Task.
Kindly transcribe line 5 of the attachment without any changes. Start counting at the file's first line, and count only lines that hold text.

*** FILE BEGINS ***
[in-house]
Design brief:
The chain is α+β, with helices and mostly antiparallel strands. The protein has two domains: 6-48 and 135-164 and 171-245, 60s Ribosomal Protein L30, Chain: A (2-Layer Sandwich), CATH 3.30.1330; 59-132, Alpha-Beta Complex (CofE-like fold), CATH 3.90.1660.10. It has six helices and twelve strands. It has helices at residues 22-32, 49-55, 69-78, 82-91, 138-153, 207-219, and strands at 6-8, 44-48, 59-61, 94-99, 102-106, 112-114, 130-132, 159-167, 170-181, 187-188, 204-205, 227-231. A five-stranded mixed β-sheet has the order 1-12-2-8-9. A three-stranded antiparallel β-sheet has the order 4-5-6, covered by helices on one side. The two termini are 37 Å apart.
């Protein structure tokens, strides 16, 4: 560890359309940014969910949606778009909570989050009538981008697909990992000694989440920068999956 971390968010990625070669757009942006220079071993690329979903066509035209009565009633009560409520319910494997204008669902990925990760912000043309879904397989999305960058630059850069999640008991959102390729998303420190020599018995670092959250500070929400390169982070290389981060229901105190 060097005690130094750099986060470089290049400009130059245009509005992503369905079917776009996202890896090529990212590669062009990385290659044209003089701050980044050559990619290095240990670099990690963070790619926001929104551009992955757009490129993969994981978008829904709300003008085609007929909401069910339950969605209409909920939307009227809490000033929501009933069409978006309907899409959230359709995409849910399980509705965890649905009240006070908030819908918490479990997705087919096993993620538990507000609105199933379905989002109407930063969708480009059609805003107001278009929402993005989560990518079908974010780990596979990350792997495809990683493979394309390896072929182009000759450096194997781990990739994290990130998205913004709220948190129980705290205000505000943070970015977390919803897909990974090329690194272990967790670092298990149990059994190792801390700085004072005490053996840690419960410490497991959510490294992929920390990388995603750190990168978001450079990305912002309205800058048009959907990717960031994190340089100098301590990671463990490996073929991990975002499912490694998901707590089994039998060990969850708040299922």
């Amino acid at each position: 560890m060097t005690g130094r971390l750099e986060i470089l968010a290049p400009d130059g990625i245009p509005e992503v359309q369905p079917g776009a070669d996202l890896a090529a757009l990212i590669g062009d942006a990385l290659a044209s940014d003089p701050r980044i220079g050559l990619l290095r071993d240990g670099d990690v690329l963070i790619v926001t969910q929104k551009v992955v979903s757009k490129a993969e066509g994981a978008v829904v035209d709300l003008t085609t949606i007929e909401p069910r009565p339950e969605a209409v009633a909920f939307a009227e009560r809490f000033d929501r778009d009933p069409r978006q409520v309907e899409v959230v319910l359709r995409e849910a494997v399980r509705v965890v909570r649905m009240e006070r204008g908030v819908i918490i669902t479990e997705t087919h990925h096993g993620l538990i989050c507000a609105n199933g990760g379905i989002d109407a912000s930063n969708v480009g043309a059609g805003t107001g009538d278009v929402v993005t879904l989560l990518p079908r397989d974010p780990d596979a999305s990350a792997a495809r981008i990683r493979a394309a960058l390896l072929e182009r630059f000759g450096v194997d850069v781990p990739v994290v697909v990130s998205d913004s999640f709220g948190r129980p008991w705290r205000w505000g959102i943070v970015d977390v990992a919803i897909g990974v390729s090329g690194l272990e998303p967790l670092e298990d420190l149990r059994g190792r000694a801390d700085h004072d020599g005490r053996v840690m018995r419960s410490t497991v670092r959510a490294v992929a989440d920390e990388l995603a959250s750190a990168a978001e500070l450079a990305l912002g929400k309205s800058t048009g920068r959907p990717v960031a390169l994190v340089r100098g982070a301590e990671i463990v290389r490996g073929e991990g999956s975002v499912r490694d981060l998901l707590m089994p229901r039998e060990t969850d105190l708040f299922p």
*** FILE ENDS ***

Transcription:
């Amino acid at each position: 560890m060097t005690g130094r971390l750099e986060i470089l968010a290049p400009d130059g990625i245009p509005e992503v359309q369905p079917g776009a070669d996202l890896a090529a757009l990212i590669g062009d942006a990385l290659a044209s940014d003089p701050r980044i220079g050559l990619l290095r071993d240990g670099d990690v690329l963070i790619v926001t969910q929104k551009v992955v979903s757009k490129a993969e066509g994981a978008v829904v035209d709300l003008t085609t949606i007929e909401p069910r009565p339950e969605a209409v009633a909920f939307a009227e009560r809490f000033d929501r778009d009933p069409r978006q409520v309907e899409v959230v319910l359709r995409e849910a494997v399980r509705v965890v909570r649905m009240e006070r204008g908030v819908i918490i669902t479990e997705t087919h990925h096993g993620l538990i989050c507000a609105n199933g990760g379905i989002d109407a912000s930063n969708v480009g043309a059609g805003t107001g009538d278009v929402v993005t879904l989560l990518p079908r397989d974010p780990d596979a999305s990350a792997a495809r981008i990683r493979a394309a960058l390896l072929e182009r630059f000759g450096v194997d850069v781990p990739v994290v697909v990130s998205d913004s999640f709220g948190r129980p008991w705290r205000w505000g959102i943070v970015d977390v990992a919803i897909g990974v390729s090329g690194l272990e998303p967790l670092e298990d420190l149990r059994g190792r000694a801390d700085h004072d020599g005490r053996v840690m018995r419960s410490t497991v670092r959510a490294v992929a989440d920390e990388l995603a959250s750190a990168a978001e500070l450079a990305l912002g929400k309205s800058t048009g920068r959907p990717v960031a390169l994190v340089r100098g982070a301590e990671i463990v290389r490996g073929e991990g999956s975002v499912r490694d981060l998901l707590m089994p229901r039998e060990t969850d105190l708040f299922p």